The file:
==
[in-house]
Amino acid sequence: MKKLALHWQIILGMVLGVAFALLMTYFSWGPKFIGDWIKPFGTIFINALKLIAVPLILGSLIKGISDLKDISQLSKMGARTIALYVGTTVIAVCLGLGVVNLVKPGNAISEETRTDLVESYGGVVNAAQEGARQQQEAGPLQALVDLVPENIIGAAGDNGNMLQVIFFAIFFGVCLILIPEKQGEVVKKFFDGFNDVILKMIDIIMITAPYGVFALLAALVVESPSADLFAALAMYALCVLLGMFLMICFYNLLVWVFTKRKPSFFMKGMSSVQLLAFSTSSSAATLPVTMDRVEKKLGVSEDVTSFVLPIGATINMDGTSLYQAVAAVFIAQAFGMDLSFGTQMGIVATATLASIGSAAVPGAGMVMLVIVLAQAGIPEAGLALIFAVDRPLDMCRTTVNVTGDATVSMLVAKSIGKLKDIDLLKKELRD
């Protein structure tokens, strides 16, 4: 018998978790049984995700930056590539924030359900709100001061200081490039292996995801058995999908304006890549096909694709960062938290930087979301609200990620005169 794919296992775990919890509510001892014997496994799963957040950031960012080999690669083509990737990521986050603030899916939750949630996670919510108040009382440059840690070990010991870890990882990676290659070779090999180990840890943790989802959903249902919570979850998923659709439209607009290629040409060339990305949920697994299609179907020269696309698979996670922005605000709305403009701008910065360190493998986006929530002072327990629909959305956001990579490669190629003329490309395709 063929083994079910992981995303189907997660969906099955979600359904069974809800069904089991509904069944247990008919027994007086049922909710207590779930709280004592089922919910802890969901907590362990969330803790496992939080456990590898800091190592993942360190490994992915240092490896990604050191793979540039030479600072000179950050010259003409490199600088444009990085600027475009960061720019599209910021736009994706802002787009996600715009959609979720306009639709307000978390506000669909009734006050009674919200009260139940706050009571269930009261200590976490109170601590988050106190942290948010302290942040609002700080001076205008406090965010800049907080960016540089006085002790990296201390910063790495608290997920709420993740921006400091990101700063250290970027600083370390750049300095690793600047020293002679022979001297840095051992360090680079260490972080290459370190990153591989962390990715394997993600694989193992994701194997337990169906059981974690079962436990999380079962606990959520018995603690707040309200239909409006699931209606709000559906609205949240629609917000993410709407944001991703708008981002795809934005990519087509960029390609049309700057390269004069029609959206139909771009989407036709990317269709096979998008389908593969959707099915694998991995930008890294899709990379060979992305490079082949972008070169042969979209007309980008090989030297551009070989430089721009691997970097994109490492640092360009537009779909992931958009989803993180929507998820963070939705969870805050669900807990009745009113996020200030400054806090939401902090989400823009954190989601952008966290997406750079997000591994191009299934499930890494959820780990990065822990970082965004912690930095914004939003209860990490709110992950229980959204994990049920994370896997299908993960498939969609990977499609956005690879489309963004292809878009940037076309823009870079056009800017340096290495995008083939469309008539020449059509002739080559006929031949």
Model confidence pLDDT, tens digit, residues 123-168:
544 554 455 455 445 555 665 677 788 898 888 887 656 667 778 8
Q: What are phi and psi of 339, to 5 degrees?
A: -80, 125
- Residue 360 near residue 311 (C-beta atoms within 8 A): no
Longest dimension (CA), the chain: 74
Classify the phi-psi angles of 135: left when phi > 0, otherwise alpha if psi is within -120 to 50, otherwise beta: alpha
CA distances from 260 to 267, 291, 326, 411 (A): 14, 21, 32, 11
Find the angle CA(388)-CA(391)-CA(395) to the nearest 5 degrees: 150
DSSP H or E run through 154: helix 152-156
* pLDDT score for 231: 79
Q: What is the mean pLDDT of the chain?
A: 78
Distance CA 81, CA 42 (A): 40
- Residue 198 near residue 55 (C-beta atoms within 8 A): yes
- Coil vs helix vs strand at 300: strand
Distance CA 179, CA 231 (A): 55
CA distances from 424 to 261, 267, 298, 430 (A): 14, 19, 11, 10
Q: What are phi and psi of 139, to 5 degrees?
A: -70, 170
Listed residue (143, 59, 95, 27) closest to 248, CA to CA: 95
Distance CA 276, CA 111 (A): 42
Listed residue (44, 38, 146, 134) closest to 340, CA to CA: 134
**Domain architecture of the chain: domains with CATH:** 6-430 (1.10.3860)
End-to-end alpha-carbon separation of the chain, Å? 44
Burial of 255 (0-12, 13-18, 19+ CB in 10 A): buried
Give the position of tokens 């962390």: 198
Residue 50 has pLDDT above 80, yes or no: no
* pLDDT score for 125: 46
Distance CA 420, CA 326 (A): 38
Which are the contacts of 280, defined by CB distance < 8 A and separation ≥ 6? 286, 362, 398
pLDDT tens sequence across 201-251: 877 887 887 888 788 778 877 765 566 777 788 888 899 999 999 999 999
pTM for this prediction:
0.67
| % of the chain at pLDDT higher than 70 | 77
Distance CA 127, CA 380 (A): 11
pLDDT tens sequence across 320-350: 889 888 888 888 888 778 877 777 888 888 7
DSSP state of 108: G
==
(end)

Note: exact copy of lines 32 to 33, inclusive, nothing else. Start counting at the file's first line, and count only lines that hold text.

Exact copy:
* pLDDT score for 125: 46
Distance CA 420, CA 326 (A): 38